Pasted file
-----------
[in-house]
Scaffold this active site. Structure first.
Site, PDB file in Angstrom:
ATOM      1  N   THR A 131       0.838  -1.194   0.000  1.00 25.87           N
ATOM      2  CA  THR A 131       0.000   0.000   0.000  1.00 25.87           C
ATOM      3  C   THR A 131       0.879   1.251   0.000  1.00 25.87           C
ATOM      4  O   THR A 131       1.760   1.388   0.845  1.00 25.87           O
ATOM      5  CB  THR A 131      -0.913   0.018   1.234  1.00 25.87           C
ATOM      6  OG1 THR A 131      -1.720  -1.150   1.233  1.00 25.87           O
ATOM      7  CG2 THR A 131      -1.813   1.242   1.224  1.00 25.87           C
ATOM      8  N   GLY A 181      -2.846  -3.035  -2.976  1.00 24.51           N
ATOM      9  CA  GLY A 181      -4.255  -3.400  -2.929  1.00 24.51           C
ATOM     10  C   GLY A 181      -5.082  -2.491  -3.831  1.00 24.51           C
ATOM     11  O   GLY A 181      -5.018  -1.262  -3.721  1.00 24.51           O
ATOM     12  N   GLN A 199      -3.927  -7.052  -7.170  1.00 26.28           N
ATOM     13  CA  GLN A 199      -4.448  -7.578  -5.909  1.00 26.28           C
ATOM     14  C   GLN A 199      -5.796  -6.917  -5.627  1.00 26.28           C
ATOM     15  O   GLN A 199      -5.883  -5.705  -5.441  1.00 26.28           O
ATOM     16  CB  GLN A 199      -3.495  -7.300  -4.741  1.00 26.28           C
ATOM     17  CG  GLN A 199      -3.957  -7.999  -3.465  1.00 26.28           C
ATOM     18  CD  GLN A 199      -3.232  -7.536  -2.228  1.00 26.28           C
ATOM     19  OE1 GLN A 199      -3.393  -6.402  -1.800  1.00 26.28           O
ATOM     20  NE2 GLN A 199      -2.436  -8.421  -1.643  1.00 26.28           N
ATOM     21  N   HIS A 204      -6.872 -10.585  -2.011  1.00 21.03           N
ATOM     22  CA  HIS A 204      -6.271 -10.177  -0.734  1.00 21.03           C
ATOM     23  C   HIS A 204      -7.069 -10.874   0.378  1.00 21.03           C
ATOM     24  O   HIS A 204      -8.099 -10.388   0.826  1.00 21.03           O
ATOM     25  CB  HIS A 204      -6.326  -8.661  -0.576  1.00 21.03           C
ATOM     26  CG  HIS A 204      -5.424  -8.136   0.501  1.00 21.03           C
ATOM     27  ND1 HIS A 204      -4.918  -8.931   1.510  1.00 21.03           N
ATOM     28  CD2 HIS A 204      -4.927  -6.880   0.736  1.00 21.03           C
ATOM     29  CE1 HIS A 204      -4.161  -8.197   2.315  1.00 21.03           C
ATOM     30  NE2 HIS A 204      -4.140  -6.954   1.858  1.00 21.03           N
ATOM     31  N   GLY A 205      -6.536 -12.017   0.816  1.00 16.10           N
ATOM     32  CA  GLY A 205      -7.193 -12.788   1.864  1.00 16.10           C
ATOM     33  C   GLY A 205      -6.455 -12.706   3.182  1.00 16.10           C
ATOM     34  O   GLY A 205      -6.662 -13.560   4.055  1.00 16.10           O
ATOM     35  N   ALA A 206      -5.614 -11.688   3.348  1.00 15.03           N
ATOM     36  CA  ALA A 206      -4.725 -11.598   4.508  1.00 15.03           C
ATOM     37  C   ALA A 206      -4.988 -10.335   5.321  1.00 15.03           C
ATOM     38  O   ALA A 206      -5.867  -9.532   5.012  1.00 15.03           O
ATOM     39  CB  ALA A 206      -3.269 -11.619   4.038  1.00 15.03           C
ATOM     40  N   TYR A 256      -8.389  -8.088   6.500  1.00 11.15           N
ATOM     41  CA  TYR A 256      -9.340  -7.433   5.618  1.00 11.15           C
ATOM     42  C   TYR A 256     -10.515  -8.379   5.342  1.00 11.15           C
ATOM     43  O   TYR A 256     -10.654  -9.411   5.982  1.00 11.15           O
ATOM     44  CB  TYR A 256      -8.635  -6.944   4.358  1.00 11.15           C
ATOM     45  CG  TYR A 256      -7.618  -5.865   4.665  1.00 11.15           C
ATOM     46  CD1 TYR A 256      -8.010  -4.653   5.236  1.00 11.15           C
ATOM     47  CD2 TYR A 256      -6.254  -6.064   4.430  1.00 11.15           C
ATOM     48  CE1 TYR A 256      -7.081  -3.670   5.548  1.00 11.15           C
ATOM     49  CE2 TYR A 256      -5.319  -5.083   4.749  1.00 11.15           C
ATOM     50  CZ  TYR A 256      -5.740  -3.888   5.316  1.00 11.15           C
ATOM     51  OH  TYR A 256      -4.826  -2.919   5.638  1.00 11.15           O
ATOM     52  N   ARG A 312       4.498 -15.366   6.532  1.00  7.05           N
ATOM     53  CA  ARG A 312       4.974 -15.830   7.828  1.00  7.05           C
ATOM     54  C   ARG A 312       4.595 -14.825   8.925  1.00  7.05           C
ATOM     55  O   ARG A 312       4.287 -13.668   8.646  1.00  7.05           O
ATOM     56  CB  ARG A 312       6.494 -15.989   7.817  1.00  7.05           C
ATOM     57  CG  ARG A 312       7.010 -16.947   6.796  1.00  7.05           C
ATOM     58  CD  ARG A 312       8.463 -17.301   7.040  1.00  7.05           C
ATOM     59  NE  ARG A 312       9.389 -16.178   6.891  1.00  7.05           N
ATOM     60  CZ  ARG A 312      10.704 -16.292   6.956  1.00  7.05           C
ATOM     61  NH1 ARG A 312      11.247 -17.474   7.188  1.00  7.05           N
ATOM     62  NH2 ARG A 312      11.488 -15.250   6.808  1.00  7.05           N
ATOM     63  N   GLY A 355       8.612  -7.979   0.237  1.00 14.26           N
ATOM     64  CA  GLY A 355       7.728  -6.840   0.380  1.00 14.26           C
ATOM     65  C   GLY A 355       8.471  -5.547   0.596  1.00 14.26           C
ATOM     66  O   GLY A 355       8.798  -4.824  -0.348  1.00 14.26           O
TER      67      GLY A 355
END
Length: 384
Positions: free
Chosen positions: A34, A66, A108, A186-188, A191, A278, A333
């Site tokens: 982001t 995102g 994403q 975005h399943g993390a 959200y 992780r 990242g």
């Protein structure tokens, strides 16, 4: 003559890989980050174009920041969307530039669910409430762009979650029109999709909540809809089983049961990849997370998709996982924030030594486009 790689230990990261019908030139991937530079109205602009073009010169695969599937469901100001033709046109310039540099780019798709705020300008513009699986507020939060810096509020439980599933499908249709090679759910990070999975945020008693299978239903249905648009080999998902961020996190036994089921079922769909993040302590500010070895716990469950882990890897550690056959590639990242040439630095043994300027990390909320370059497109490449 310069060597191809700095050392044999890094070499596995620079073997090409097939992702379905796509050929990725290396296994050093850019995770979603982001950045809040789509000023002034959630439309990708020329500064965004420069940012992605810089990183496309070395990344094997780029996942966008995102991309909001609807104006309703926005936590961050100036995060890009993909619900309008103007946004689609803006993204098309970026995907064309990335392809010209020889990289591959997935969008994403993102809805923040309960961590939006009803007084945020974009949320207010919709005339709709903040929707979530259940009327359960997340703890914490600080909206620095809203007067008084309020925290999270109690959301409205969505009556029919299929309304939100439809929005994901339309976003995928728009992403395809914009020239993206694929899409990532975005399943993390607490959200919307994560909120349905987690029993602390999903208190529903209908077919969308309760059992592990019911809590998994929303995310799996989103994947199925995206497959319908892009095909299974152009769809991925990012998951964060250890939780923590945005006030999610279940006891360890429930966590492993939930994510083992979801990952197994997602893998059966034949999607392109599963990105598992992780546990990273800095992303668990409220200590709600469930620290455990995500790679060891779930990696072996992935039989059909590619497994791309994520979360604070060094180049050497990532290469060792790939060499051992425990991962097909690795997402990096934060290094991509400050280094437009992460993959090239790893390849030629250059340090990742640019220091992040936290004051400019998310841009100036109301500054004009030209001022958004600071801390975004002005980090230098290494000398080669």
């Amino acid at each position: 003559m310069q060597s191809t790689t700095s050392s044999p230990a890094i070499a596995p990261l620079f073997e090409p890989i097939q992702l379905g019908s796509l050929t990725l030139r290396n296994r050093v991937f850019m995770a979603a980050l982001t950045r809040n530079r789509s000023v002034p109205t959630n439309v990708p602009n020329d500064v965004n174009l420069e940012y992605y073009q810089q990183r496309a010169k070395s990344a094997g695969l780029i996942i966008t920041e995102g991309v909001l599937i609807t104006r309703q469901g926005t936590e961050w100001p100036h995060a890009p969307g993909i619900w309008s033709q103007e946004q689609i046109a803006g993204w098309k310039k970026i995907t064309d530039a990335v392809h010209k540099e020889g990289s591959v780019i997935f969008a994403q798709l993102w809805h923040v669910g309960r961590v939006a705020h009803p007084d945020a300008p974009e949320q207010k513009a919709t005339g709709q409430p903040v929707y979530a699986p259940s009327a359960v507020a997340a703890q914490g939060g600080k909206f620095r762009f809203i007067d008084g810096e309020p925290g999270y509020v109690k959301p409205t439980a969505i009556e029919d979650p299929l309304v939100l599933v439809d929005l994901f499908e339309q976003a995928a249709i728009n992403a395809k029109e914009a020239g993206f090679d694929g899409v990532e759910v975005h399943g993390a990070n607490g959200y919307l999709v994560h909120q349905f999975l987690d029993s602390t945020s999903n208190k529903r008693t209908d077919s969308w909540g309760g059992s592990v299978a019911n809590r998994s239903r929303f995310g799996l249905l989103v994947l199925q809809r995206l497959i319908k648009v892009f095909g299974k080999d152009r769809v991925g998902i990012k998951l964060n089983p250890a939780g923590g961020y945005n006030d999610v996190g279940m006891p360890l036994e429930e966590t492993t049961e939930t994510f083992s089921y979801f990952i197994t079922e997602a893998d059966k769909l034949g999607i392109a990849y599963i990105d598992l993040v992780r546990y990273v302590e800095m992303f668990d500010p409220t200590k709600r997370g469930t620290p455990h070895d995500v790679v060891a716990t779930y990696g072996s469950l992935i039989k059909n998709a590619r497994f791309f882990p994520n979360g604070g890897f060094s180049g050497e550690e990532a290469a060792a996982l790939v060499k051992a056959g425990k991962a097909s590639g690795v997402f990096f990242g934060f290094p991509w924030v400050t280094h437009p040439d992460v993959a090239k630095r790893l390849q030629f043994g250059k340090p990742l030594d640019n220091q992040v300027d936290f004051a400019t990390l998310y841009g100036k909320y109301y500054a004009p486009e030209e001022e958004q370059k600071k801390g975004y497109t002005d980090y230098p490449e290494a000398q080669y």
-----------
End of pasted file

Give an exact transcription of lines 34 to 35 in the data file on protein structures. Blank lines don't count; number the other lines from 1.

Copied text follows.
ATOM     31  N   GLY A 205      -6.536 -12.017   0.816  1.00 16.10           N
ATOM     32  CA  GLY A 205      -7.193 -12.788   1.864  1.00 16.10           C